Abstract

Many spectra have a polynomial-like baseline. Iterative polynomial fitting is one of the most popular methods for baseline correction of these spectra. However, the baseline estimated by iterative polynomial fitting may have a substantial error when the spectrum contains significantly strong peaks or have strong peaks located at the endpoints. First, iterative polynomial fitting uses temporary baseline estimated from the current spectrum to identify peak data points. If the current spectrum contains strong peaks, then the temporary baseline substantially deviates from the true baseline. Some good baseline data points of the spectrum might be mistakenly identified as peak data points and are artificially re-assigned with a low value. Second, if a strong peak is located at the endpoint of the spectrum, then the endpoint region of the estimated baseline might have a significant error due to overfitting. This study proposes a search algorithm-based baseline correction method (SA) that aims to compress sample the raw spectrum to a dataset with small number of data points and then convert the peak removal process into solving a search problem in artificial intelligence to minimize an objective function by deleting peak data points. First, the raw spectrum is smoothened out by the moving average method to reduce noise and then divided into dozens of unequally spaced sections on the basis of Chebyshev nodes. Finally, the minimal points of each section are collected to form a dataset for peak removal through search algorithm. SA selects the mean absolute error as the objective function because of its sensitivity to overfitting and rapid calculation. The baseline correction performance of SA is compared with those of three baseline correction methods, the Lieber and Mahadevan-Jansen method, adaptive iteratively reweighted penalized least squares method, and improved asymmetric least squares method. Simulated and real Fourier transform infrared and Raman spectra with polynomial-like baselines are employed in the experiments. Results show that for these spectra the baseline estimated by SA has fewer error than those by the three other methods.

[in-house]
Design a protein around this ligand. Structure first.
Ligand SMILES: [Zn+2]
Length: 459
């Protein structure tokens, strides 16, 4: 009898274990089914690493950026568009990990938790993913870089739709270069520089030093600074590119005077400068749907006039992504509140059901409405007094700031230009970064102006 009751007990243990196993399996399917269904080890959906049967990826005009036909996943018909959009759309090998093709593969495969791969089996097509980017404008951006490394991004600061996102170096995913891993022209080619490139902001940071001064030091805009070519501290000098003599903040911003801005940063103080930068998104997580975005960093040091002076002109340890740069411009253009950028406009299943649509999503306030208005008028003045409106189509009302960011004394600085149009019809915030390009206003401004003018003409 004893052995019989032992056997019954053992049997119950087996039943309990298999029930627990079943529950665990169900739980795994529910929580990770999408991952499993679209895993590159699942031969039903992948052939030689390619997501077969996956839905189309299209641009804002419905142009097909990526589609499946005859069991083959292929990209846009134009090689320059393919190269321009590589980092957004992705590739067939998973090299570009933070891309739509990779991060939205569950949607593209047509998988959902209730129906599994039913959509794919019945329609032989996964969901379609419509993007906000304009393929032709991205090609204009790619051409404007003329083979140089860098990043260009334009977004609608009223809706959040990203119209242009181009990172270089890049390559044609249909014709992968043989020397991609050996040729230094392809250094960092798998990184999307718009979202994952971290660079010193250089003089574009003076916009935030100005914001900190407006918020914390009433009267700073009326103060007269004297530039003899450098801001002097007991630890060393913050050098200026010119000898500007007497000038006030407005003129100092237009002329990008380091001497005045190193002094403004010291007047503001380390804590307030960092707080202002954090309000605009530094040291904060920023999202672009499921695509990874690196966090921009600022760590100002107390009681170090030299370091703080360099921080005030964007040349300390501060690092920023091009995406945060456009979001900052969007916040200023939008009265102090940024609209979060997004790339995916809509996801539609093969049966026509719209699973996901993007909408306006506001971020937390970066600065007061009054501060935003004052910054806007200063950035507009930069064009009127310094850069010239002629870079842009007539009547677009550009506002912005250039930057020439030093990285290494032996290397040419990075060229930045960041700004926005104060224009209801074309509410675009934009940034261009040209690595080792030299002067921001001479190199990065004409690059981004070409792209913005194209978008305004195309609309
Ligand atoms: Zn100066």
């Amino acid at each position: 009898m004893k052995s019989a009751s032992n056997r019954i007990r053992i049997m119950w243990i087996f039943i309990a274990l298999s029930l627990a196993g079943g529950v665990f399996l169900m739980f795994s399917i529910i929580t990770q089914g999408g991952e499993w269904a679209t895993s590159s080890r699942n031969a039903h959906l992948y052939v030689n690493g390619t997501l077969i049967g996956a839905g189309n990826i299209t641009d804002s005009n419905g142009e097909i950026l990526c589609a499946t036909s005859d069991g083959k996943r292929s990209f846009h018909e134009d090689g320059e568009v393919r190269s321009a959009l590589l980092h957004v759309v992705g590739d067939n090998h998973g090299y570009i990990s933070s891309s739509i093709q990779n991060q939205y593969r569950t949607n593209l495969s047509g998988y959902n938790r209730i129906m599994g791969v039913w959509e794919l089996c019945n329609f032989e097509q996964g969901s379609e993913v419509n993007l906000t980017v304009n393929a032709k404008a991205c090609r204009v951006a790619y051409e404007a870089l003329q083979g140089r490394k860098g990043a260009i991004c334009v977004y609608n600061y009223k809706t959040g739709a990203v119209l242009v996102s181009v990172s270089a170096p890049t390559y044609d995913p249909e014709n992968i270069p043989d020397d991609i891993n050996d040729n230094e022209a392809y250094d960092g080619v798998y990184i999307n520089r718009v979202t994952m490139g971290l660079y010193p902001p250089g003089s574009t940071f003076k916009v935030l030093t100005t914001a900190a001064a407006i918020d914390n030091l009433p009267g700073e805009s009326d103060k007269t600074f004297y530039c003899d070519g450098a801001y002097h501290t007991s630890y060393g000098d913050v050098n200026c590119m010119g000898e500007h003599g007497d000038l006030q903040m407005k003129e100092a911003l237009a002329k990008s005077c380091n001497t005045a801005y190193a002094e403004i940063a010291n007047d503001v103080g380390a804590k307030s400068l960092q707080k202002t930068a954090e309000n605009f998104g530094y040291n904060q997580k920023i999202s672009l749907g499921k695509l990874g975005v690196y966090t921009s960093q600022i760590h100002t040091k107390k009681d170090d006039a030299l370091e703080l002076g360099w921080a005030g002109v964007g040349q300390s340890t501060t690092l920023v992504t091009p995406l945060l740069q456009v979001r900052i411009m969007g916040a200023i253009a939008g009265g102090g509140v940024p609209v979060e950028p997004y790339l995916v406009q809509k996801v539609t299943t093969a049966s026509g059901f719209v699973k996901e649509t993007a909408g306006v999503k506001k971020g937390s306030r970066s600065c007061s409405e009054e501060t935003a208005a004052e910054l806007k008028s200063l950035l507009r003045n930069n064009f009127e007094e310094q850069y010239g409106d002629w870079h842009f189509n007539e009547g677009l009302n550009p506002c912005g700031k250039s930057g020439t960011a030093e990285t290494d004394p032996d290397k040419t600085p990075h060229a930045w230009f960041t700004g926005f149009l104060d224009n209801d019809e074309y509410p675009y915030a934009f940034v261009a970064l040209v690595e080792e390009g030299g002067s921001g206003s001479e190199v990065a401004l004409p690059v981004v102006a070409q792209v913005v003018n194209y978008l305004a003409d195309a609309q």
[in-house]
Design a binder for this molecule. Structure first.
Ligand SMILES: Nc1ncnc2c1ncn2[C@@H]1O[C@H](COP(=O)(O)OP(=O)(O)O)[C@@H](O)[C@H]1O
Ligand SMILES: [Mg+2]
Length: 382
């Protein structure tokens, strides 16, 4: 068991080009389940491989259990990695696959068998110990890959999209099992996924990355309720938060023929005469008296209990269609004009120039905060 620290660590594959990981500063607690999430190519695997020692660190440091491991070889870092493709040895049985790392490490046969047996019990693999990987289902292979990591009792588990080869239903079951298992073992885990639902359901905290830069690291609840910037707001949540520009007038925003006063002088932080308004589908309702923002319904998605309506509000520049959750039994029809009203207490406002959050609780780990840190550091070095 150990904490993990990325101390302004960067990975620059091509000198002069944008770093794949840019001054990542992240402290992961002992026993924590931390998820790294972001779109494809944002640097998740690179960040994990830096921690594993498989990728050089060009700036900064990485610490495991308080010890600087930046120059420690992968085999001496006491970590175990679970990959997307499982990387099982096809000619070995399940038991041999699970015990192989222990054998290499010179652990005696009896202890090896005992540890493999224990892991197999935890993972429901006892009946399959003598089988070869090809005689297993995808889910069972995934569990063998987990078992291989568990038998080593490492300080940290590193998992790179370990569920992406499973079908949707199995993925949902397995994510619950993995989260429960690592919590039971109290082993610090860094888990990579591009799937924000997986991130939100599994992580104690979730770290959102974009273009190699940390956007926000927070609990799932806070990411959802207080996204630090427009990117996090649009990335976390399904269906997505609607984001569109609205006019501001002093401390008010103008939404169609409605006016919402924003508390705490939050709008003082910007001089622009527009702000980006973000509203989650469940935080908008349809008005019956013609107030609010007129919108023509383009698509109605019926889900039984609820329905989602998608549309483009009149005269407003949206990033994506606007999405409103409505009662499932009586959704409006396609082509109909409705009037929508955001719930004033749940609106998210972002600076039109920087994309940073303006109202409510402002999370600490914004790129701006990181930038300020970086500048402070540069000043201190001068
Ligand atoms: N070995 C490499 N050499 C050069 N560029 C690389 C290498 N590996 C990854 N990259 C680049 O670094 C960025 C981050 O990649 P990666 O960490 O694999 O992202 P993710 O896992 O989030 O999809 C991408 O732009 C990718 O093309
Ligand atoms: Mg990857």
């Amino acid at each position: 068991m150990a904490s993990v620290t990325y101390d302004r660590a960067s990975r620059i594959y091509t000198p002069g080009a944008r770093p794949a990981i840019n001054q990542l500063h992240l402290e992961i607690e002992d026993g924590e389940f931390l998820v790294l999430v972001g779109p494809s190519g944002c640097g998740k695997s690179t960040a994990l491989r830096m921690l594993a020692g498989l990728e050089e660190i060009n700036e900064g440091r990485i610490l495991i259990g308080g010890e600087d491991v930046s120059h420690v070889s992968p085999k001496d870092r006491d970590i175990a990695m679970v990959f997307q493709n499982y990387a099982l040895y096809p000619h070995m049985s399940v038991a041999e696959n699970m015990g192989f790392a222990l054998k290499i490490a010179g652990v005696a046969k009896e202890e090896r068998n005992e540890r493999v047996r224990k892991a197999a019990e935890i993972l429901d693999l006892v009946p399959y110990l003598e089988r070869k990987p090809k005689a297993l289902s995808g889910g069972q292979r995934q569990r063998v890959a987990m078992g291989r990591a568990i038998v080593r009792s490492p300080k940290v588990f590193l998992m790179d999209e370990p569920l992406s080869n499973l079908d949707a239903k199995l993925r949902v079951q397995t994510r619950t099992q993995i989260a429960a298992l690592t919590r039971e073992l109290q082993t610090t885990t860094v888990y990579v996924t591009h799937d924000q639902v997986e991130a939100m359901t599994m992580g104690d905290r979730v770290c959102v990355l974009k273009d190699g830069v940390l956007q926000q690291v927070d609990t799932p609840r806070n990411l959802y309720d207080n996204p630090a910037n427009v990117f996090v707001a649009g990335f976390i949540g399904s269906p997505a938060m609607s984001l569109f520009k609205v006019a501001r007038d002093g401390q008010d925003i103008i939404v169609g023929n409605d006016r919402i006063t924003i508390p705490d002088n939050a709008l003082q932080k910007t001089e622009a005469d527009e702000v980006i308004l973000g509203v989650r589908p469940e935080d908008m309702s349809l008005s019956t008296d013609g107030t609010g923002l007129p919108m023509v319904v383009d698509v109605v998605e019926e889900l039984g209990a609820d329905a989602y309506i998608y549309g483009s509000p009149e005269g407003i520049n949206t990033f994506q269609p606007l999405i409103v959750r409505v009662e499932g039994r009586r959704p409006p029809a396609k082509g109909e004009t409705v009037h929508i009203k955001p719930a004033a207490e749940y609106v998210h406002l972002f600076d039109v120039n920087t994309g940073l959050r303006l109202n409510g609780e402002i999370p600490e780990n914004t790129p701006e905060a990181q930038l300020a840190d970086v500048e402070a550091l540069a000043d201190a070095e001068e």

© 2021 The Author(s)

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Supplementary Material (1)

NameDescription
Supplement 1       sj-pdf-1-asp-10.1177_0003702820977512 - Supplemental material for Baseline Correction Based on a Search Algorithm from Artificial Intelligence

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